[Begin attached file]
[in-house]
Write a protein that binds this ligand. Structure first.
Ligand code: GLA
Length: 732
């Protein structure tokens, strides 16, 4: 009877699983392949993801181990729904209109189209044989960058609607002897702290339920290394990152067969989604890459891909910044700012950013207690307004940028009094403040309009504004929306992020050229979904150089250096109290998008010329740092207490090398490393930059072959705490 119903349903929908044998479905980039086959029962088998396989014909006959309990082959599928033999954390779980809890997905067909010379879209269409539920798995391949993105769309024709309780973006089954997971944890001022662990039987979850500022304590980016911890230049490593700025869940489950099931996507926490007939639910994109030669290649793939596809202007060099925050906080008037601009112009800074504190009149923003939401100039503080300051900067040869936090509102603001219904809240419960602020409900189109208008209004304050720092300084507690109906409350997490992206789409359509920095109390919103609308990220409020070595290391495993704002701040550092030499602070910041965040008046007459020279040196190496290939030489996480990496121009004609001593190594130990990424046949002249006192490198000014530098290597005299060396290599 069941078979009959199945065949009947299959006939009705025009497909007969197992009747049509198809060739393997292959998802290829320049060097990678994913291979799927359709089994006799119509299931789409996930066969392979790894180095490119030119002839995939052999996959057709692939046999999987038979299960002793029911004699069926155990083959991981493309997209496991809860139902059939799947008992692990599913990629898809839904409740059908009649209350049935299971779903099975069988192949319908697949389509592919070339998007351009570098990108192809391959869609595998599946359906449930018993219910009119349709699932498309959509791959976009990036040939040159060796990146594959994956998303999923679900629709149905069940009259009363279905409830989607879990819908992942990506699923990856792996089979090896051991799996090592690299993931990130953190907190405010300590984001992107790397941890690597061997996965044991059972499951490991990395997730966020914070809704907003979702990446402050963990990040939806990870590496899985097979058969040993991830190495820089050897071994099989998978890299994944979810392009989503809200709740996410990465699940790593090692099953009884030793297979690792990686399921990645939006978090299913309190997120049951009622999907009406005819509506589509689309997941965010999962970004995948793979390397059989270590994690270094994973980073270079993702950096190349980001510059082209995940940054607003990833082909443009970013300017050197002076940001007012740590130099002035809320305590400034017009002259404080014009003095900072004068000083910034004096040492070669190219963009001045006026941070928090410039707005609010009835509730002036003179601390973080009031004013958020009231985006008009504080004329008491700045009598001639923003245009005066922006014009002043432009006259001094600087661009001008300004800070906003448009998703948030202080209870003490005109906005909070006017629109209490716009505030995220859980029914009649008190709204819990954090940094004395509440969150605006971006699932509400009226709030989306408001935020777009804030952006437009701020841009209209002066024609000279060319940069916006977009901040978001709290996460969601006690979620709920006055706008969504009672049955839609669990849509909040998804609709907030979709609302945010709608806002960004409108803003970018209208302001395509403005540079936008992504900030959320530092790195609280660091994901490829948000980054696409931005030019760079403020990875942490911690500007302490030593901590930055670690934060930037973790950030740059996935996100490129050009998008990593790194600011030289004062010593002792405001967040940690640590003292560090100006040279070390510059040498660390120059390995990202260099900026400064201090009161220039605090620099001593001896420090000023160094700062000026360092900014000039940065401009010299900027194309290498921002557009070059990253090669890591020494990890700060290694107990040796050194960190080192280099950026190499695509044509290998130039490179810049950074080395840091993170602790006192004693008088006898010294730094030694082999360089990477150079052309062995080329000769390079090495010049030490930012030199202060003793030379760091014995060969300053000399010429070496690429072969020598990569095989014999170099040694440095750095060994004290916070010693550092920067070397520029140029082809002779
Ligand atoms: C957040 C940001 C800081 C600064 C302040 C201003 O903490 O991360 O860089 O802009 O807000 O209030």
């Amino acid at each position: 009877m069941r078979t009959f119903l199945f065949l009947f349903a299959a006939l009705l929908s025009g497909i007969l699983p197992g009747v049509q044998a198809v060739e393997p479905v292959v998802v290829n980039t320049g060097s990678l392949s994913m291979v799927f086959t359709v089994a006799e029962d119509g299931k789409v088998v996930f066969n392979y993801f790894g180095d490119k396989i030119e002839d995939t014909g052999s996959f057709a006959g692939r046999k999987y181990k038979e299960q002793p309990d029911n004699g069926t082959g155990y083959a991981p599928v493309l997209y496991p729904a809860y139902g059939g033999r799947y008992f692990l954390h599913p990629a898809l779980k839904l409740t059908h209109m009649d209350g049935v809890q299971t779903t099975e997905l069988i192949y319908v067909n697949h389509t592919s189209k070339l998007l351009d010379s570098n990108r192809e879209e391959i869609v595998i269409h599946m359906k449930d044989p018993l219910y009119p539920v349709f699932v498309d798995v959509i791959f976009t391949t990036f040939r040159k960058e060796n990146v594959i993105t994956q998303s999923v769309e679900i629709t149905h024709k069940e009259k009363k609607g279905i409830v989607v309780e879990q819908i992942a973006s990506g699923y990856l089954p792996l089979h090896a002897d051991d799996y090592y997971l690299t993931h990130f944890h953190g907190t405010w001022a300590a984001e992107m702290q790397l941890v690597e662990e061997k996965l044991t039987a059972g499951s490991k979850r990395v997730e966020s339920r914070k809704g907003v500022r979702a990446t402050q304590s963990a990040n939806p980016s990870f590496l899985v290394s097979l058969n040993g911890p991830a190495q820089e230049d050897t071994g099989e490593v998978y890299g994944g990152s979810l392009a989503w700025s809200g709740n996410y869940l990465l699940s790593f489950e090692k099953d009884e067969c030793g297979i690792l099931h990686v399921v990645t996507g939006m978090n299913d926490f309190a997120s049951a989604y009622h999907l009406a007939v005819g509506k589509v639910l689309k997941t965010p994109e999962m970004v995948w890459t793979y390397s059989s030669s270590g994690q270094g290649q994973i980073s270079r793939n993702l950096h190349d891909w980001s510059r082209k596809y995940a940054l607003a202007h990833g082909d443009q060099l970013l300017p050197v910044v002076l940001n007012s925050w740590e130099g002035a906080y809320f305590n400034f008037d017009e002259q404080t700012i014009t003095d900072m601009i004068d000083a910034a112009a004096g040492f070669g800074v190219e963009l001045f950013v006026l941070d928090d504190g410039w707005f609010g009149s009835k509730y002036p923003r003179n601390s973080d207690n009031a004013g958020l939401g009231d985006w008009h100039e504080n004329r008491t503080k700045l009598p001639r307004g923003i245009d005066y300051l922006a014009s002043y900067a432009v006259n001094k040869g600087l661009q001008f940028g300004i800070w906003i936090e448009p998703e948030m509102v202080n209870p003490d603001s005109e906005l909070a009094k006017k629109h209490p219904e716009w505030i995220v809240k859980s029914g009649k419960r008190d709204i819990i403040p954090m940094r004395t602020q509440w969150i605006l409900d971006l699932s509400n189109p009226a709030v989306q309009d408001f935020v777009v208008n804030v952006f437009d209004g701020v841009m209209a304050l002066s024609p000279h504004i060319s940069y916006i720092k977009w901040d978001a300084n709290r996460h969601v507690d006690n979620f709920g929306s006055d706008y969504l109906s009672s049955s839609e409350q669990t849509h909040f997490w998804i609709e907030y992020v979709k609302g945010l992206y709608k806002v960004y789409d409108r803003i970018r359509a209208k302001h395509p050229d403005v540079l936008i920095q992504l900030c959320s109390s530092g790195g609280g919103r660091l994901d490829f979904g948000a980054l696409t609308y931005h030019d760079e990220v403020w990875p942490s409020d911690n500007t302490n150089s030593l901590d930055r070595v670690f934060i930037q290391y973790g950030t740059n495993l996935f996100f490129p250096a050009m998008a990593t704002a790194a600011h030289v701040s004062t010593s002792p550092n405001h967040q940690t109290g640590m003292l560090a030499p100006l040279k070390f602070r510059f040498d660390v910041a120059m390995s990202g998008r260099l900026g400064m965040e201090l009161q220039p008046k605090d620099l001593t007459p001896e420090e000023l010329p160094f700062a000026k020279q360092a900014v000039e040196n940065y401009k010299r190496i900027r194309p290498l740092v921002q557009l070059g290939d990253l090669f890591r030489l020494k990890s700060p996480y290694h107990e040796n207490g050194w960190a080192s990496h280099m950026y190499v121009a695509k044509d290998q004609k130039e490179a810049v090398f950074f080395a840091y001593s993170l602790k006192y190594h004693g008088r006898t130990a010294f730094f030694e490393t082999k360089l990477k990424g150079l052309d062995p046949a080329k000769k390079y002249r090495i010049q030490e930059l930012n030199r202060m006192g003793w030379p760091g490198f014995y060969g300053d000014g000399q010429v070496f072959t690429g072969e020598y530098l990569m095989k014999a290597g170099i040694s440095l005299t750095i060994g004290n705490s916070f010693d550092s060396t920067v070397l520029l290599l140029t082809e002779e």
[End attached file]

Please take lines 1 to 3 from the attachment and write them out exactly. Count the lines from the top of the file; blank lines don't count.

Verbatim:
[in-house]
Write a protein that binds this ligand. Structure first.
Ligand code: GLA